Sunday, April 25, 2010

Understanding the Lord's Supper: framing the question

I'm still struggling to wrap my head around the theology of communion.  John over at Bibliophile has been helpful however Wilson in Mother Kirk, didn't provide enough detail and Calvin, normally a reliable source of theology, is confusing (as Michael Bird pointed out),  Mikey over at Christian Reflections was tantalizing, but then again we were unable to finish the conversation, so maybe it wasn't deliberate.

Once the core issue is sorted out, surrounding questions of frequency, style, leadership and language will fall easily into place.  In Roman Catholicism, the Priest holds up the consecrated elements and there in a particular sense is Christ.  Now if I saw Jesus, I would, as far as the barnacles on my sinful heart would allow, worship him.  And this historically has been the centre of the argument; is Jesus present in the bread and wine?   This was the sticking point in Luther and Zwingli's debate at Marburg.  Historically the debate is complex with the positions today not corresponding exactly with the individuals identified with such positions. Here are a couple of ideas, none of them my own, I'd like to use them to frame what to do about Communion:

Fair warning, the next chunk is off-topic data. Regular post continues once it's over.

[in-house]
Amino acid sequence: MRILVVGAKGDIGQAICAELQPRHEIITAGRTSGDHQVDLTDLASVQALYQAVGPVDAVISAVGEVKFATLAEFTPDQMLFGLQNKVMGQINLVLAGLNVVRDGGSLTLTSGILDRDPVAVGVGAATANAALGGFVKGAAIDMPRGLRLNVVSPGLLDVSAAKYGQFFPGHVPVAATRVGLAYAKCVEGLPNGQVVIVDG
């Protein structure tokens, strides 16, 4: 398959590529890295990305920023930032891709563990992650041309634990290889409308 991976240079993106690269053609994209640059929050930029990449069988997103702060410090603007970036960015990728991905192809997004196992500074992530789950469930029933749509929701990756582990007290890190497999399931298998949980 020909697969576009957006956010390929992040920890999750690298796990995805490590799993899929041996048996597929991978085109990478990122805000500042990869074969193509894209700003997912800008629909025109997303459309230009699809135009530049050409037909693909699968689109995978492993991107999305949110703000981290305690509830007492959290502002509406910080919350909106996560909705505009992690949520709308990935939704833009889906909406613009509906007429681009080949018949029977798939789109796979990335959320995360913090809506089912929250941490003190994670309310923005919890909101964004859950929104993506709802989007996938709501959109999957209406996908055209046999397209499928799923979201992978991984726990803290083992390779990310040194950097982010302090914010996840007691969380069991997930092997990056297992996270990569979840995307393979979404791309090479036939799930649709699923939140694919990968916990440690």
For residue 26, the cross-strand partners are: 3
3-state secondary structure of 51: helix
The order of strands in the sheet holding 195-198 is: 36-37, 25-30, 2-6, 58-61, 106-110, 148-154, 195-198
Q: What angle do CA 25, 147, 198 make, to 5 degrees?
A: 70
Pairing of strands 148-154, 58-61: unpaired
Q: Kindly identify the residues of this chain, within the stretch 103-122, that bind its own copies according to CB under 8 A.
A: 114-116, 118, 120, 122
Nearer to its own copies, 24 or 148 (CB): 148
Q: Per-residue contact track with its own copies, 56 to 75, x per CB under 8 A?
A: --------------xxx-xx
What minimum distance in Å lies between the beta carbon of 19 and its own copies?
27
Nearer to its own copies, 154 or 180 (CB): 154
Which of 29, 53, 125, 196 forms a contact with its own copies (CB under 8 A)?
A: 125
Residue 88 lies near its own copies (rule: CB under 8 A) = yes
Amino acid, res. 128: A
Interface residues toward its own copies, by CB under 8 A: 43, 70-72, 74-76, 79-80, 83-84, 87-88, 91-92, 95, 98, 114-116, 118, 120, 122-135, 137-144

• Is "presence" the wrong question, instead should our focus should be on "proclamation" (1 Cor 11:26)?
  • As Protestants we a quick to avoid any link between John 6 and Communion, but since no-one even the Roman Catholics, are cannibals, union with Christ should be the dominate framing theology of the Lord's Supper?
  • Is the "blessing," unique to communion (1 Cor 10:16) or is there like grace, differences between 'common' (the stuff that prevents everyone from becoming a serial killer) and 'saving' (turns serial killers into Christians) grace? 
  • Is there something special and spiritual about "remembering?" (In other words there is no such thing as "just a memorial" or "just a marriage" or "just a child.")